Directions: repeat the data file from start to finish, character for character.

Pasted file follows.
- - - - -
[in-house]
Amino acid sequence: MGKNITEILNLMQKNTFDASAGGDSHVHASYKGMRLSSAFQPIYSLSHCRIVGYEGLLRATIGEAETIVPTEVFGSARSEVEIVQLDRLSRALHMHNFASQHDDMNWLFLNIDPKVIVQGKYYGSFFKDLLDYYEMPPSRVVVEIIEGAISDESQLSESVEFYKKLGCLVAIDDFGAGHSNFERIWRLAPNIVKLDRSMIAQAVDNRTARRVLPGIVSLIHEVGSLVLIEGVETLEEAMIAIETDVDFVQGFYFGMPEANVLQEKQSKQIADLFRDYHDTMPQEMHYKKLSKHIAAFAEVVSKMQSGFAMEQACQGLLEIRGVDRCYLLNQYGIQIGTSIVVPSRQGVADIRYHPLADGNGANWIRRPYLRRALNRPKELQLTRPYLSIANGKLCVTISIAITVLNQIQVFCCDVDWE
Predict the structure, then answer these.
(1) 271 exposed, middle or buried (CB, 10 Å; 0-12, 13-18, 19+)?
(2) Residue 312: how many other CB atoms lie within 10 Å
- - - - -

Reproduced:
[in-house]
Amino acid sequence: MGKNITEILNLMQKNTFDASAGGDSHVHASYKGMRLSSAFQPIYSLSHCRIVGYEGLLRATIGEAETIVPTEVFGSARSEVEIVQLDRLSRALHMHNFASQHDDMNWLFLNIDPKVIVQGKYYGSFFKDLLDYYEMPPSRVVVEIIEGAISDESQLSESVEFYKKLGCLVAIDDFGAGHSNFERIWRLAPNIVKLDRSMIAQAVDNRTARRVLPGIVSLIHEVGSLVLIEGVETLEEAMIAIETDVDFVQGFYFGMPEANVLQEKQSKQIADLFRDYHDTMPQEMHYKKLSKHIAAFAEVVSKMQSGFAMEQACQGLLEIRGVDRCYLLNQYGIQIGTSIVVPSRQGVADIRYHPLADGNGANWIRRPYLRRALNRPKELQLTRPYLSIANGKLCVTISIAITVLNQIQVFCCDVDWE
Predict the structure, then answer these.
(1) 271 exposed, middle or buried (CB, 10 Å; 0-12, 13-18, 19+)?
(2) Residue 312: how many other CB atoms lie within 10 Å